This shows three methods that can contribute towards a circular economy within an organisation 

Narrowing the loop 

The principle of ‘reducing’ is about narrowing the loop. It looks at how to reduce waste across the board – from the energy used in mining raw materials to designing better packaging. Where organisations can reduce waste in their processes, or adopt circular economy technologies like using recycled materials instead of new raw materials, they should do so. 

Technology plays a key role here too. Businesses may choose to switch to sustainable or renewable energy to power their facilities. They may work with secondary markets to buy materials that have been repurposed from waste products. They may look at technologies that allow them to reuse or repurpose their own products when they get to end of life. 

Closing the loop 

In this model, ‘closing’ the loop is about being able to reuse and recycle all elements of the product. The aim should be to get to a zero waste position, but this may take time, so businesses should set targets for various stages of closing their resource loops. That way, they can measure and report progress, communicate with stakeholders and have a strategic plan for change. 

This sounds great, but can be tricky to manage in practice. You’ll need to work with a waste collection and recycling partner that can collect, separate and treat your products to provide you with the materials you need to put back into your production process. You’ll also need to be able to monitor the processes so that you can report accurately. All of this requires intelligent technology to keep your circular processes moving.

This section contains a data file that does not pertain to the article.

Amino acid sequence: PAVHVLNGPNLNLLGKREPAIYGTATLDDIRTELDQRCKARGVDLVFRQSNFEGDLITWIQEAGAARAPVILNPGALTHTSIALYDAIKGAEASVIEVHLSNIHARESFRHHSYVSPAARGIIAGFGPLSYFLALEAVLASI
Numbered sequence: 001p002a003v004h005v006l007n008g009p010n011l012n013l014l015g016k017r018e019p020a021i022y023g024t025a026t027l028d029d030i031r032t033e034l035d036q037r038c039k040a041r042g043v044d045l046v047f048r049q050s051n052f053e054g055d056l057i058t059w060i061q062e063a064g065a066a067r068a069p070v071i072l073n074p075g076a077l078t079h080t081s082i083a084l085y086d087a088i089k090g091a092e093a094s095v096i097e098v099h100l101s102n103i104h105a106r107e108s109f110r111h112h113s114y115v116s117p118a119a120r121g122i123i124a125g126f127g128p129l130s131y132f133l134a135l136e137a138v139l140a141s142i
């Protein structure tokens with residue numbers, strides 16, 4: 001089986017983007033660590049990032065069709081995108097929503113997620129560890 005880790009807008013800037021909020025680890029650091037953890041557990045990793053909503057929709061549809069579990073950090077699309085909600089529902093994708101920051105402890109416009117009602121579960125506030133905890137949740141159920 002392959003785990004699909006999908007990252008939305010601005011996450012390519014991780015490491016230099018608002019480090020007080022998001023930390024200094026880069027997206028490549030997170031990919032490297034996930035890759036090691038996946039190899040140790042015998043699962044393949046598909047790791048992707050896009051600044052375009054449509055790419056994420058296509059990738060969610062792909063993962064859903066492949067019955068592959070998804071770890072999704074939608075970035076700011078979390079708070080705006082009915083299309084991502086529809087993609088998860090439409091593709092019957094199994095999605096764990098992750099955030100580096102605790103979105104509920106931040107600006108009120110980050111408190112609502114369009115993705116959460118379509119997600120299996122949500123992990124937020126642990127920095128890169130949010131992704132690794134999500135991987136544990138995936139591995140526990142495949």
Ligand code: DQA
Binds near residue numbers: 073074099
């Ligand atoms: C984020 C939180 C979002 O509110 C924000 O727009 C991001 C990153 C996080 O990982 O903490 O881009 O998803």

You may also want to adopt more efficient energy consumption practices, and use technology to change your current production processes to accommodate recycled components. 

Slowing the loop 

Transitioning to a circular economy model is an investment – both in time and money. You may not be in a position to either narrow or close the waste loops in your business straight away, but there are always ways to improve. 

This is where ‘slowing’ the loop comes into play. This is essentially about redesigning your products so that they contain fewer waste materials, or have a longer lifespan or are easier to maintain and repair. You may also want to think about redesigning your processes to use less energy, be more efficient, or optimise transportation and fuel consumption. Any changes you make will be a starting point on your journey to a circular economy. Starting to consider the right technologies at this stage will put you in a stronger position as you move to more structured or in-depth changes. 

At ISB Global, we believe in the power of technology to support companies towards a circular economy model. Our waste and recycling solution, Waste and Recycling One is specifically designed to help companies in this sector to improve visibility over their data, manage processes more efficiently and support their clients to manage their own transition.